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Ann Timothy
Ann Donovan

circa 1727
Died September 11, 1792(1792-09-11)
Charleston, South Carolina, US
Nationality American
Occupation Newspaper publisher
Known for One of the few women newspaper printers in Colonial America
Spouse(s) Peter Timothy
Relatives Elizabeth Timothy (mother-in-law)

Ann Timothy (ca. 1727–September 11, 1792) was a newspaper publisher from South Carolina. She worked alongside her husband until his death in 1782, and after she had published by herself for years, she became the official printer for the state of South Carolina.

Personal life

Ann Donovan was born circa 1727. She married Peter Timothy on December 8, 1745 in Charleston, South Carolina. Peter was the son of Elizabeth Timothy who operated the first permanent newspaper in South Carolina. Ann and Peter were believed to have had fifteen children, but seven of whom died as infants. Their children include Elizabeth–Ann and Frances–Claudia, who were on their own or married by 1780. The remaining children at that time were Anne, Sarah, Robert, Sarah, and Benjamin Franklin.


Girls inspecting eighteenth century press
An eighteenth century printing press

Timothy and her husband took over publishing the South Carolina Gazette from Peter's mother, Elizabeth Timothy. Peter wrote to Benjamin Franklin in 1772 that he was unable to continue publishing due to poor eyesight. He announced that he had pursued other lines of business, and also suggested that he would welcome "any Employment in His Majesty’s Service, that will not degrade me, which any Friend may think me fit for or can procure by his Interest." After a break from March 1772 to November 1773, Peter resumed running the printing business. There were intermittent periods where the newspaper was not printed, such as the destruction of the printing press due to fire.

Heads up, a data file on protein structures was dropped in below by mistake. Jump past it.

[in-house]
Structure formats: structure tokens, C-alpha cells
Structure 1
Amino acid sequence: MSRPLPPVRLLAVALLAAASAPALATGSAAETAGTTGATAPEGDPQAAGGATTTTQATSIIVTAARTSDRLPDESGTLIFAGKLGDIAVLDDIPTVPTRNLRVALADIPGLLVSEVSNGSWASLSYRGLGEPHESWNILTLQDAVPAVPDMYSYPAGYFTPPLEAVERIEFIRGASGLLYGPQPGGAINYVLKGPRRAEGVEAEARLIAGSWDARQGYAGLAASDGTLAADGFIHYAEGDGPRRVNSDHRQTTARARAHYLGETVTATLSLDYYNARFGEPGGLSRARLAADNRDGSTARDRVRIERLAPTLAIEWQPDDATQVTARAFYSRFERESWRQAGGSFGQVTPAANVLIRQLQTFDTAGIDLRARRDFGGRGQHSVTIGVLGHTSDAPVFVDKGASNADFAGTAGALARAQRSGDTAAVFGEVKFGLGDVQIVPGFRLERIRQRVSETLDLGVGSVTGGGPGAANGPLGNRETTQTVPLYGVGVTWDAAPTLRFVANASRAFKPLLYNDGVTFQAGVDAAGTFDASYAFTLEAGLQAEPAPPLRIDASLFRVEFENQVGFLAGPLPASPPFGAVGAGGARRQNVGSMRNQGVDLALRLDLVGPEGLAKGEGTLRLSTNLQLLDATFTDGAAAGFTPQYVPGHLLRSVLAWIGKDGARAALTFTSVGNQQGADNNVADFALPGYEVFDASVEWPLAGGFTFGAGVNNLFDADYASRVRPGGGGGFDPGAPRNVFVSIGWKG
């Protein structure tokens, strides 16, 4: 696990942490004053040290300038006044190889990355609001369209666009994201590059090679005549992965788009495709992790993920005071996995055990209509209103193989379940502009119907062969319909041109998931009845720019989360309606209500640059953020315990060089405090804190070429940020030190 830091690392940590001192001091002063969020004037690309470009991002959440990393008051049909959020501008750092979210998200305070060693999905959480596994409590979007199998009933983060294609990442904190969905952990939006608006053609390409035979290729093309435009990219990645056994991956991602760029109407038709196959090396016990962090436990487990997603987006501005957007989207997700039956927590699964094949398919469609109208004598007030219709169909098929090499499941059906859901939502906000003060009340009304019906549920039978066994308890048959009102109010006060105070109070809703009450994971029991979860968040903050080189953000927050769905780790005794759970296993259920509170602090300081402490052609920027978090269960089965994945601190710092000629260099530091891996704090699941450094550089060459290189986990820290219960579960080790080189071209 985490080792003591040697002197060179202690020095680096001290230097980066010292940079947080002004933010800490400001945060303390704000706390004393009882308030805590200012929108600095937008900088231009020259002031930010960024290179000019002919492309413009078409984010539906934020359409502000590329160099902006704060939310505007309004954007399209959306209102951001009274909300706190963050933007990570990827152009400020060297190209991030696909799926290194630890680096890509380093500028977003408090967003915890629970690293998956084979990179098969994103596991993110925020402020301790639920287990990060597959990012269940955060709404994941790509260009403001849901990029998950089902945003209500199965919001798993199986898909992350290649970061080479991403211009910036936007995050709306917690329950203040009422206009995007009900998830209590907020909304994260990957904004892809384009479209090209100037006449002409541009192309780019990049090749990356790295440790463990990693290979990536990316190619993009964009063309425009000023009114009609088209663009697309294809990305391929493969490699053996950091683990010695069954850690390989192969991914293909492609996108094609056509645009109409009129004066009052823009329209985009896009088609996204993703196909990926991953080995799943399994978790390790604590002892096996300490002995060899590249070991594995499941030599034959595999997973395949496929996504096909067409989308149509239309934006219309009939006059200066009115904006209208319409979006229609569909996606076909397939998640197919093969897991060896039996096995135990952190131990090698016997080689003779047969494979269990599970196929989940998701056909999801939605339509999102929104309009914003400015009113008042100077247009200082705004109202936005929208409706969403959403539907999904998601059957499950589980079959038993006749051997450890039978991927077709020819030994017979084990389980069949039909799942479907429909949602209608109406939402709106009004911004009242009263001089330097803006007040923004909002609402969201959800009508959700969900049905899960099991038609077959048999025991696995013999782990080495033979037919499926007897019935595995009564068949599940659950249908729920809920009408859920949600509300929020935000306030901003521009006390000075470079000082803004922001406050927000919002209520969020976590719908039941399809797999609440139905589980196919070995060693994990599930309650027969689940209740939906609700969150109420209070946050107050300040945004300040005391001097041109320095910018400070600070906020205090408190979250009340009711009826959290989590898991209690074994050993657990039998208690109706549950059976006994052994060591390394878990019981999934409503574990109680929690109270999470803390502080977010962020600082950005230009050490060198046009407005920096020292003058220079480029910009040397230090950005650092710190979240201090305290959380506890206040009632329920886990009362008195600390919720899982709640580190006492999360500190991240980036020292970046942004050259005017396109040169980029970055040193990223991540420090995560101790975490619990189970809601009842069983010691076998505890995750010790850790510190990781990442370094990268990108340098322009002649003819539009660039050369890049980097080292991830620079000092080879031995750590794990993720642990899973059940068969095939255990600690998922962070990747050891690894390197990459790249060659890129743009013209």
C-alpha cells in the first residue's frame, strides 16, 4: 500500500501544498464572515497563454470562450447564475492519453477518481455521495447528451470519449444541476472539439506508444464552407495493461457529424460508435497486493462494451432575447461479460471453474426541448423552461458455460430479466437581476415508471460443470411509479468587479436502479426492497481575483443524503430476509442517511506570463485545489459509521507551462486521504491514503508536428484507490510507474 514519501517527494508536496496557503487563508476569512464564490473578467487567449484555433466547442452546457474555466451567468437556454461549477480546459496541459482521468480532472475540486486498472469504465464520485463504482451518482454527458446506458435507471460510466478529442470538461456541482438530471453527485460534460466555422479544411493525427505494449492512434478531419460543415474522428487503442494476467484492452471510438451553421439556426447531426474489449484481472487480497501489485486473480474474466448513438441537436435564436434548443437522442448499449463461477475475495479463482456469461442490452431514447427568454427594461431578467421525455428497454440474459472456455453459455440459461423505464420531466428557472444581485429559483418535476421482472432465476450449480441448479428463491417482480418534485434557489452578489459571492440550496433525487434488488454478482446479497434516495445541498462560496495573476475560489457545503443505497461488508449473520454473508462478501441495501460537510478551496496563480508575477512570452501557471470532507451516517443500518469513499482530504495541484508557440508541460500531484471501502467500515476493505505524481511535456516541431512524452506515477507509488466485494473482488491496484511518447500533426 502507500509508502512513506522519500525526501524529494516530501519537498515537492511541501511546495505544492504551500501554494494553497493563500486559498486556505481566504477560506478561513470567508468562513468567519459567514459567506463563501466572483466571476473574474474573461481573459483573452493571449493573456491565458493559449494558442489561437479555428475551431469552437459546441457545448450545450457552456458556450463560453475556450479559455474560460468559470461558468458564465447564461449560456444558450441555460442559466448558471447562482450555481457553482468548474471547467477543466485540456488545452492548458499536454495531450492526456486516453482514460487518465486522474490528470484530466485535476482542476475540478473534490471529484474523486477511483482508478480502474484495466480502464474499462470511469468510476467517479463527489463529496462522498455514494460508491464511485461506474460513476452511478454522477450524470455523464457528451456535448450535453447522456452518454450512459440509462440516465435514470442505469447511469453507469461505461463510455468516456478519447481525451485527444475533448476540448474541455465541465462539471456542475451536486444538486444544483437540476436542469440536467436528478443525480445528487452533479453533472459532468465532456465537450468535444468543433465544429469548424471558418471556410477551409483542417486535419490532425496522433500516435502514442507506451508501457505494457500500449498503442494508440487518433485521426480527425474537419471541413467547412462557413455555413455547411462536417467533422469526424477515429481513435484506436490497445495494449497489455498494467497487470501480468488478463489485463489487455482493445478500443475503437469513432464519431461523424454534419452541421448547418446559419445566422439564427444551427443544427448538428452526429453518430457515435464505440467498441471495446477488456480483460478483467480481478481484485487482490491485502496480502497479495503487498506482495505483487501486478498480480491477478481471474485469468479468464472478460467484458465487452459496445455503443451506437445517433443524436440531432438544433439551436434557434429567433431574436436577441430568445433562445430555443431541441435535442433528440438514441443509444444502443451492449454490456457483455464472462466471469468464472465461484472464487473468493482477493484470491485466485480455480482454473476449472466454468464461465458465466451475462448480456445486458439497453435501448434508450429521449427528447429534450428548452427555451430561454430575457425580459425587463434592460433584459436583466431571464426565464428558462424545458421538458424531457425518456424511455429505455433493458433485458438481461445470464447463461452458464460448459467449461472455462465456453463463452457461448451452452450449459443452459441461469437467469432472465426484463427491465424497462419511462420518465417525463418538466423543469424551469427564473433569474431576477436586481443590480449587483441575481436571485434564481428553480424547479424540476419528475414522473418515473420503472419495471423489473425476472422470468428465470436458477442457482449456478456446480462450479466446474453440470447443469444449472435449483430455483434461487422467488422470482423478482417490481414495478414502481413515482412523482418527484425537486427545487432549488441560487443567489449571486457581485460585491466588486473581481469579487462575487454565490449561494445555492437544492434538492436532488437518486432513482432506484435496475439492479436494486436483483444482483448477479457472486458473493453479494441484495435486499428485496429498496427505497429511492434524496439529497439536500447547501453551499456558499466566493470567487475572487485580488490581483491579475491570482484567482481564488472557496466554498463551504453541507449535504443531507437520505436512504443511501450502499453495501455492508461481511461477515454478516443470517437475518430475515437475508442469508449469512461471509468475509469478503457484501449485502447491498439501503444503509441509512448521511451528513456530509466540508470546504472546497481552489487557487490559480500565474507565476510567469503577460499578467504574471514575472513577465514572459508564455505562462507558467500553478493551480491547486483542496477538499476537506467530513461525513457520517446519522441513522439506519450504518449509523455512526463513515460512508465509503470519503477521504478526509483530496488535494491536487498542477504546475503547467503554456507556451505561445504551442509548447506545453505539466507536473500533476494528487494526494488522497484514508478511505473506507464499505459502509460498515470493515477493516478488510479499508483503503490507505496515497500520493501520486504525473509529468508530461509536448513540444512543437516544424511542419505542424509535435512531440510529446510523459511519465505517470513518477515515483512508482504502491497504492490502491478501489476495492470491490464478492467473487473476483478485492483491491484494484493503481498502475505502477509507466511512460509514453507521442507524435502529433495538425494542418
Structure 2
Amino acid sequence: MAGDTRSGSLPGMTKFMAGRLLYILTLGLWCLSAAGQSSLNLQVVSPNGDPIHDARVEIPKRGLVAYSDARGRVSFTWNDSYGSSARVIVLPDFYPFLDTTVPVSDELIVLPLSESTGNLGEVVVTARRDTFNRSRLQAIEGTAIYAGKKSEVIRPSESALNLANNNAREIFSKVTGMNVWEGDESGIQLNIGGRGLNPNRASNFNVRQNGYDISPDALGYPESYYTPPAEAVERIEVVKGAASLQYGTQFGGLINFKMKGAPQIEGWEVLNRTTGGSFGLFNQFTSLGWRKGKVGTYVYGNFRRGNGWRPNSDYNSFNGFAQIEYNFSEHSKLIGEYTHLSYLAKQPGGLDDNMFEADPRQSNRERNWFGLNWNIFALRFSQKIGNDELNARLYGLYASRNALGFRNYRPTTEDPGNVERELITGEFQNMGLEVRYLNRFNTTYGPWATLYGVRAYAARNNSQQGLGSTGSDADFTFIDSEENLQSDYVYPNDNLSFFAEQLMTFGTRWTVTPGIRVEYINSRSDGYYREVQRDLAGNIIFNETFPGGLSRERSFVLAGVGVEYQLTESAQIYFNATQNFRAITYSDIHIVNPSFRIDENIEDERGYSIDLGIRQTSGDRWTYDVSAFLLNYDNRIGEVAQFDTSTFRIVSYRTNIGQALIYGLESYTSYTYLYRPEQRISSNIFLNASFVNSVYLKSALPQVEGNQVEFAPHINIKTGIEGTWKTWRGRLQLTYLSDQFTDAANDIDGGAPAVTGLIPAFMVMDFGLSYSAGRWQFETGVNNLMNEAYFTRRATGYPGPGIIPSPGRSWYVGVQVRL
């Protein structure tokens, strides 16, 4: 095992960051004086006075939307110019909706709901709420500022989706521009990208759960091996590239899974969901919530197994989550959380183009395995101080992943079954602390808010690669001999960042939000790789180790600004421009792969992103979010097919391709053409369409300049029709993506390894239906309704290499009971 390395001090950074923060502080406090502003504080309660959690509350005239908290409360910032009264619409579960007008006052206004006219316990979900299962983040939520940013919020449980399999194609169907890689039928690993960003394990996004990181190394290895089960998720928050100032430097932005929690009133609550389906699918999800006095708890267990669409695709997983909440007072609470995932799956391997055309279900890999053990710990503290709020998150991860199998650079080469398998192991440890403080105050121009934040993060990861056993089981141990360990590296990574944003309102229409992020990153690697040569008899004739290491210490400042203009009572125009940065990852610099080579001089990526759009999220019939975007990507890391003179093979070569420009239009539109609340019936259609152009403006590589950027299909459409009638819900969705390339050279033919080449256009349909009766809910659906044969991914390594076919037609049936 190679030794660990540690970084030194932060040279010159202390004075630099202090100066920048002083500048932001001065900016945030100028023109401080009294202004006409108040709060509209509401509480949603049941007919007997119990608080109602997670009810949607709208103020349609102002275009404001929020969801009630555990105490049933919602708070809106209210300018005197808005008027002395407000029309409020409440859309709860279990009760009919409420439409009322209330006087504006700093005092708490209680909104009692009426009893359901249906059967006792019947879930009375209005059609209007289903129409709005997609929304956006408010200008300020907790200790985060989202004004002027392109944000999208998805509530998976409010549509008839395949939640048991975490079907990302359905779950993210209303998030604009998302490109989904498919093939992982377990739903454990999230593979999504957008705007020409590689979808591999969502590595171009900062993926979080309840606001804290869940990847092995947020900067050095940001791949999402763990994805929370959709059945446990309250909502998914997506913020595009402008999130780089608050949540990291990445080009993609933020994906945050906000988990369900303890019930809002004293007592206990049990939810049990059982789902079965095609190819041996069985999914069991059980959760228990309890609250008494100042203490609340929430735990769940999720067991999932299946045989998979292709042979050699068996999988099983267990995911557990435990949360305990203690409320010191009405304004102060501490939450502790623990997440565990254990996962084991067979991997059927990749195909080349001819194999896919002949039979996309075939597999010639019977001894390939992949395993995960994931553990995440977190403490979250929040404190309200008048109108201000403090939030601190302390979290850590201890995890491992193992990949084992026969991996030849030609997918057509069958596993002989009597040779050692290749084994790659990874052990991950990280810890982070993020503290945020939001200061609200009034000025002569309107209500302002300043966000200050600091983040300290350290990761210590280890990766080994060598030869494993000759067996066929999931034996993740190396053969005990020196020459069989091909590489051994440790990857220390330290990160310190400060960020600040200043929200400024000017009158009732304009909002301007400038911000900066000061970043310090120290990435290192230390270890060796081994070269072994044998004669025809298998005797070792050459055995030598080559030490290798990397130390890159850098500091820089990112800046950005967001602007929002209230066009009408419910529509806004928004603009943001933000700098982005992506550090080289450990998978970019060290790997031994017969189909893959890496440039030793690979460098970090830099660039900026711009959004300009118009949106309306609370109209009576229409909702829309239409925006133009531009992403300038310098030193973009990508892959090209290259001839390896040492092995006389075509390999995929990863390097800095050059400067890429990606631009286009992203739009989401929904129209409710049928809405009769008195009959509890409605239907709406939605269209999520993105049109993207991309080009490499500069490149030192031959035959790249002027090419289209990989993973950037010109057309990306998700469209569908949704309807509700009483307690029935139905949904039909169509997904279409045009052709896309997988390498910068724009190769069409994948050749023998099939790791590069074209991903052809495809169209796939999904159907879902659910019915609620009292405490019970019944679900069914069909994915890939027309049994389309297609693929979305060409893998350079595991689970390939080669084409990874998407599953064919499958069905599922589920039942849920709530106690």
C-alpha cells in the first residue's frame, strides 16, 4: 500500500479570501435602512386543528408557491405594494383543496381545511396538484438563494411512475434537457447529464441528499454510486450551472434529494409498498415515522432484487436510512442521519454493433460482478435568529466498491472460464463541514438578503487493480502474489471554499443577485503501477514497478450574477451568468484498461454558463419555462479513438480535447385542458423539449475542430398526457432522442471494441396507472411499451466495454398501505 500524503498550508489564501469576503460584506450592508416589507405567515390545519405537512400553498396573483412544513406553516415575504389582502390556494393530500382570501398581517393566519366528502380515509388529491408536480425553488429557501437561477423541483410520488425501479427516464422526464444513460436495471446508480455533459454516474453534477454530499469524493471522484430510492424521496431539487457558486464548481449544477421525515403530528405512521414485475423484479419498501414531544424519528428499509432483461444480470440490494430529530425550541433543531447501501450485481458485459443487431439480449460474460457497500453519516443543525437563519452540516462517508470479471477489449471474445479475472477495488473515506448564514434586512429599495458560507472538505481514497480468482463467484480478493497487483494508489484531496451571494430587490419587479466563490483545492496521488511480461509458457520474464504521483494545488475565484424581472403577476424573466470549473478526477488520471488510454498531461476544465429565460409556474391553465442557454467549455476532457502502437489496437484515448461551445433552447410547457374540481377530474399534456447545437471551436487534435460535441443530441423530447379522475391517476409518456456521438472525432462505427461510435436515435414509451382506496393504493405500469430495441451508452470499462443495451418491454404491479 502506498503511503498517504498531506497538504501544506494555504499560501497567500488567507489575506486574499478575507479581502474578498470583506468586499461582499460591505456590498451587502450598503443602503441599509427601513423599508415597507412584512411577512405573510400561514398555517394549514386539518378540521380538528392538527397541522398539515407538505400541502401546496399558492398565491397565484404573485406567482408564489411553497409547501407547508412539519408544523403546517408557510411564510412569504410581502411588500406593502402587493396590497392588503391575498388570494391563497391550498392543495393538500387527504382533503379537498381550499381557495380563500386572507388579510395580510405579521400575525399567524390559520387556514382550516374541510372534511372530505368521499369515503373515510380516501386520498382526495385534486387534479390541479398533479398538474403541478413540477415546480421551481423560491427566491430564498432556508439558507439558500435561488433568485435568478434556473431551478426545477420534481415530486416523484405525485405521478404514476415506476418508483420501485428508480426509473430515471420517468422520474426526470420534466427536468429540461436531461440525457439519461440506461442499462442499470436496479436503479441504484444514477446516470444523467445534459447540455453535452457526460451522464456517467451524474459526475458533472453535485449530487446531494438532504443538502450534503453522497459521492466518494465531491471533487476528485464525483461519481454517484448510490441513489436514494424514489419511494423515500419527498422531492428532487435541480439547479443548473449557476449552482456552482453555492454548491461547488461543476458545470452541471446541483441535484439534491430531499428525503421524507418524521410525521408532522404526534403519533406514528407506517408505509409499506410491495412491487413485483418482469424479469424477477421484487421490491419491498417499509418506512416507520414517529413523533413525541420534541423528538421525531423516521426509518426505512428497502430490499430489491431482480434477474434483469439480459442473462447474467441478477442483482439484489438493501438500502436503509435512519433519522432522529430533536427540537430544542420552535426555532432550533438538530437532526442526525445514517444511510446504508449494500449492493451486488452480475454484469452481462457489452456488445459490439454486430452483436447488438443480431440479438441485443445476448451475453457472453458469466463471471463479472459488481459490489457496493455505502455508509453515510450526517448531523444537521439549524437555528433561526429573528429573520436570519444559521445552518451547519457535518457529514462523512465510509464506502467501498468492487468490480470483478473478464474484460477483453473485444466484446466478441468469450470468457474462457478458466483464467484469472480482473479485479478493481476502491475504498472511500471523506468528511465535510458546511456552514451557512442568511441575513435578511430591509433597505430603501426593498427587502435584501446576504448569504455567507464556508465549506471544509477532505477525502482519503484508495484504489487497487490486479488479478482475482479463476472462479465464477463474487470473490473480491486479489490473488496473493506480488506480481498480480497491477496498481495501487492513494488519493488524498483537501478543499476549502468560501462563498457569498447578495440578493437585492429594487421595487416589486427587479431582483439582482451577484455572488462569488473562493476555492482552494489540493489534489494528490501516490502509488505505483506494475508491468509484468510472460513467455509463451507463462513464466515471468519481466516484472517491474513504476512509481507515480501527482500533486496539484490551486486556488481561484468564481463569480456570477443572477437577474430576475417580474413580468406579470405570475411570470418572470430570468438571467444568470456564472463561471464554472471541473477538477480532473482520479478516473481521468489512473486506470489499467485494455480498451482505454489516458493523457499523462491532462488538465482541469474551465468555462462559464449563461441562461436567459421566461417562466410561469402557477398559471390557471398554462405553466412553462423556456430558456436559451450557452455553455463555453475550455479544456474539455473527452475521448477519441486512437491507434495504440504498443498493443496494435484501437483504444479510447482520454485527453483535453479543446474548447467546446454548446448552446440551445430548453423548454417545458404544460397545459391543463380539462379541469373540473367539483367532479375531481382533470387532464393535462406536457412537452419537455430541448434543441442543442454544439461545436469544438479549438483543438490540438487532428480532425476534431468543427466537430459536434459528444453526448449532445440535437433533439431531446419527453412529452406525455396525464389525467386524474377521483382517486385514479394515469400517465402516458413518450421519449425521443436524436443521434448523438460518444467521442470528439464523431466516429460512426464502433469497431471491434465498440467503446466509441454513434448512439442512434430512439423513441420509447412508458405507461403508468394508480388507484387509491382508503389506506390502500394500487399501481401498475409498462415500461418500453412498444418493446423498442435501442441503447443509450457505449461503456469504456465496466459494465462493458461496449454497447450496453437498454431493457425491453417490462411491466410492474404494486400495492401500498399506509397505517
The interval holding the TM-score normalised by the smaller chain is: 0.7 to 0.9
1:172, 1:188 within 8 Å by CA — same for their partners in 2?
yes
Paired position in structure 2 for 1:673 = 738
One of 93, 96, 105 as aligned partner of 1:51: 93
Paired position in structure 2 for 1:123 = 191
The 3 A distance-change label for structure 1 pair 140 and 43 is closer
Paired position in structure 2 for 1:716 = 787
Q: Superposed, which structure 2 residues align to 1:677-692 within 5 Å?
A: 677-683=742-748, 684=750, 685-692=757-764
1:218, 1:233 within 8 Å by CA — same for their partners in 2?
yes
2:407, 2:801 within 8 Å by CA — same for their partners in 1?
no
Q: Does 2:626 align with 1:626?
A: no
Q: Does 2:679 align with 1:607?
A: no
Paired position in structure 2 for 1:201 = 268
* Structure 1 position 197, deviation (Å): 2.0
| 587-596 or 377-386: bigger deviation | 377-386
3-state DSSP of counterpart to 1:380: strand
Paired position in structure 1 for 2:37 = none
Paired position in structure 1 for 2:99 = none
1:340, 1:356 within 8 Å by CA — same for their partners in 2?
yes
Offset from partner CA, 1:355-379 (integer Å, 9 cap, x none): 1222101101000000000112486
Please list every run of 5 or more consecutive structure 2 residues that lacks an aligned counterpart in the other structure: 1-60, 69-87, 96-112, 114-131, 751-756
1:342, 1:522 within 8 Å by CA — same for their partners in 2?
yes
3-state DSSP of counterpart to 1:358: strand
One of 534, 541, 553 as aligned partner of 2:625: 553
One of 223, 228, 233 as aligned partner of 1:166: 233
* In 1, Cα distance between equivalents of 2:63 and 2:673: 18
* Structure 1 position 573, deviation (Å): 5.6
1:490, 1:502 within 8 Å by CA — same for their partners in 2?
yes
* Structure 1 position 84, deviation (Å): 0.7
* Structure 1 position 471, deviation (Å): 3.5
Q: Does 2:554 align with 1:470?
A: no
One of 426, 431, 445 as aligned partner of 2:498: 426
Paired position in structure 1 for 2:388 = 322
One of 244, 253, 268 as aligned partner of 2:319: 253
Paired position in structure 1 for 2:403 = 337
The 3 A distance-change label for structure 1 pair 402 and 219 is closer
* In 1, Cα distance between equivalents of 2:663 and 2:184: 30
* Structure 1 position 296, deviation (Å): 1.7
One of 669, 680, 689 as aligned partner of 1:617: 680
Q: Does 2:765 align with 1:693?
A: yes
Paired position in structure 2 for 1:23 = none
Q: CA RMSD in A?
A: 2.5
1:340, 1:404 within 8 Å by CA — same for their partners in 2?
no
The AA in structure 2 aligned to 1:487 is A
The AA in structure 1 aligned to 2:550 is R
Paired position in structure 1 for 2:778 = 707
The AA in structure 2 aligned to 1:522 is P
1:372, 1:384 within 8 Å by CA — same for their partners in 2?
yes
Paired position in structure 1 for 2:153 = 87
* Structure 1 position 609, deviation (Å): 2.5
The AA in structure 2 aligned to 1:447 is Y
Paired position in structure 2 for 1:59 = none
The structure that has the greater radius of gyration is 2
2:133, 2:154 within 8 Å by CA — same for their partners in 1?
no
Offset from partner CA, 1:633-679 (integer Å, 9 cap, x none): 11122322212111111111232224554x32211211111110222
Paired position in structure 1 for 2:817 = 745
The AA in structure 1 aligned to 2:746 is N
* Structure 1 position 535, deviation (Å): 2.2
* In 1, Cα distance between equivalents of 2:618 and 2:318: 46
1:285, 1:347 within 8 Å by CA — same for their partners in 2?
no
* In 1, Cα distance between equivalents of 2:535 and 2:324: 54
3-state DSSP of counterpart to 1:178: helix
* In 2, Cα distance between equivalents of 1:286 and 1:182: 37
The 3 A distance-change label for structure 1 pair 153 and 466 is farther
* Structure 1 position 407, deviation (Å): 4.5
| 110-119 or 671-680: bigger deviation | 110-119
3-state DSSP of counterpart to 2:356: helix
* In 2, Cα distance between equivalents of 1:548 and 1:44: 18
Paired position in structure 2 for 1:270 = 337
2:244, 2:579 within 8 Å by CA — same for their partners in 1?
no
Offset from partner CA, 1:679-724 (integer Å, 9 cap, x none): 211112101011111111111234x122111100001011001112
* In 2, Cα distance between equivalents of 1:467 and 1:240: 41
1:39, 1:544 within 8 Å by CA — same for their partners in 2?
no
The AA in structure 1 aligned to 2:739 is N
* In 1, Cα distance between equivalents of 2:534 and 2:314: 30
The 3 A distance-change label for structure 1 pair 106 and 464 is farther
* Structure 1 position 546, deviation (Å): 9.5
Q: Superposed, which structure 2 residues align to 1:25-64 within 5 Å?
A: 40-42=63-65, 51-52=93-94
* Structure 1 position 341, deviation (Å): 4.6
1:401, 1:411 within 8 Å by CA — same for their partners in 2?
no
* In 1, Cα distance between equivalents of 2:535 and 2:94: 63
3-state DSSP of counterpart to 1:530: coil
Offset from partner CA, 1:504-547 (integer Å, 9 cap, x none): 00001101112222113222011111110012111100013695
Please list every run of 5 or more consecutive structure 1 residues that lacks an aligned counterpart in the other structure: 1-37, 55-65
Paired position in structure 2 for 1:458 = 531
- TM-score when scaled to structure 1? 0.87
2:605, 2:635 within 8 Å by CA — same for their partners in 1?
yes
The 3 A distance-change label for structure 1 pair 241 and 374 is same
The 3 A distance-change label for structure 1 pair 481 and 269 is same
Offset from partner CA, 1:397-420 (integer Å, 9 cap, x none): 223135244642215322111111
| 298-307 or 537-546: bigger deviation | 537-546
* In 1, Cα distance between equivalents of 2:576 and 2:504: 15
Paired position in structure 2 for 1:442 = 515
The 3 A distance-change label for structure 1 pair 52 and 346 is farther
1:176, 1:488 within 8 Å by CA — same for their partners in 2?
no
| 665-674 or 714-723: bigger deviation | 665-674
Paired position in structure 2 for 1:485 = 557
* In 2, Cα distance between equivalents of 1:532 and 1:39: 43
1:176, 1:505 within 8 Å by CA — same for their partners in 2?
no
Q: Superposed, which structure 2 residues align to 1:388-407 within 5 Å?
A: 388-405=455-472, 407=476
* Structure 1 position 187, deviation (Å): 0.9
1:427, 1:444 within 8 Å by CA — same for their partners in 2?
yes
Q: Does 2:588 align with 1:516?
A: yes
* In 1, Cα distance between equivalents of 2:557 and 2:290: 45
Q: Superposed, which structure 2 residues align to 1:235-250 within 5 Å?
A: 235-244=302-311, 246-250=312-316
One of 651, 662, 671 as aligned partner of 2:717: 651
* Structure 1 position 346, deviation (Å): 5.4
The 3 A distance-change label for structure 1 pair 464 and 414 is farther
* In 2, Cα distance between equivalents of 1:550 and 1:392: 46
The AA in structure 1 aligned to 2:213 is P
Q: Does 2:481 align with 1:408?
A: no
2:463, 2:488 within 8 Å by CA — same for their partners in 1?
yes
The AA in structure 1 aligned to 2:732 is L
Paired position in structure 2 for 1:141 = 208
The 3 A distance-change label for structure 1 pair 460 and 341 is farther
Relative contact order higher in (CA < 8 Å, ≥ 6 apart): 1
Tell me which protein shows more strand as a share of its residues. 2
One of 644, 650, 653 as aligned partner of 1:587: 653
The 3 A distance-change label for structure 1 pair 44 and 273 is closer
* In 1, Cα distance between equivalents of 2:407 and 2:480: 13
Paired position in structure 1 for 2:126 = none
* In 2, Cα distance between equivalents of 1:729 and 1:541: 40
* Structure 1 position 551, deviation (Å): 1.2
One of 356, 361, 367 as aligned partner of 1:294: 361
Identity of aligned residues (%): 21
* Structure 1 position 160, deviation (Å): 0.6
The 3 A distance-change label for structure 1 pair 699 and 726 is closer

After the Declaration of Independence was signed in 1776, Peter printed broadside copies of the Declaration which were then hung in public places. To show his support, but also to identify himself as a revolutionary, Peter took the singular step by printers across the country to add “CHARLES-TOWN, Printed by PETER TIMOTHY” at the bottom of the document.

In February 1780, the newspaper was suspended as the British approached the city for what became the Siege of Charleston from March 29, 1780 to May 12, 1780. Peter was subsequently captured and exiled to a prison in St. Augustine, Florida for ten months for failing to take the loyalty oath. He was unable to return to Charleston.

Peter set sail for Santo Domingo within the West Indies in 1782, Two of his daughters and a grandchild met up with Peter in Philadelphia, intending to travel to Antigua to visit one of his daughters. They perished during a storm off of the Delaware coast. Peter and Ann's surviving children at that point were Sarah, Robert (disabled), and Benjamin Franklin Timothy.

Timothy resumed operating the newspaper on July 16, 1783, after the death of Peter, upon the removal of the British from the city, and after peace was restored. The newspaper operated out of the John Lining House at 106 Broad Street from 1783 to 1793. From 1785 to 1792, she was the official "Printer to the State. She worked until her death in 1792. Timothy was said in death notices to be very worthy and valuable. Her son, Benjamin Franklin Timothy, continued the family printing business with the September 20, 1792 edition.


She was one of a few women publishers before and shortly after the American Revolution. Since printing was often a multi-generational family business, there were some printing families with two or more generations of women printers, which was the case with Timothy and her mother-in-law, Elizabeth Timothy. It was often a financial necessity for widowed women in the printing profession to carry on the business. There were at least six women who were the official printers for various colonial governments, as Timothy did for the state of South Carolina. According to a syndicated article, "Helped the Colonial Cause": "In nearly every case they advocated the colonial cause, and their editorials did much to arouse the spirit of patriotism in the men."

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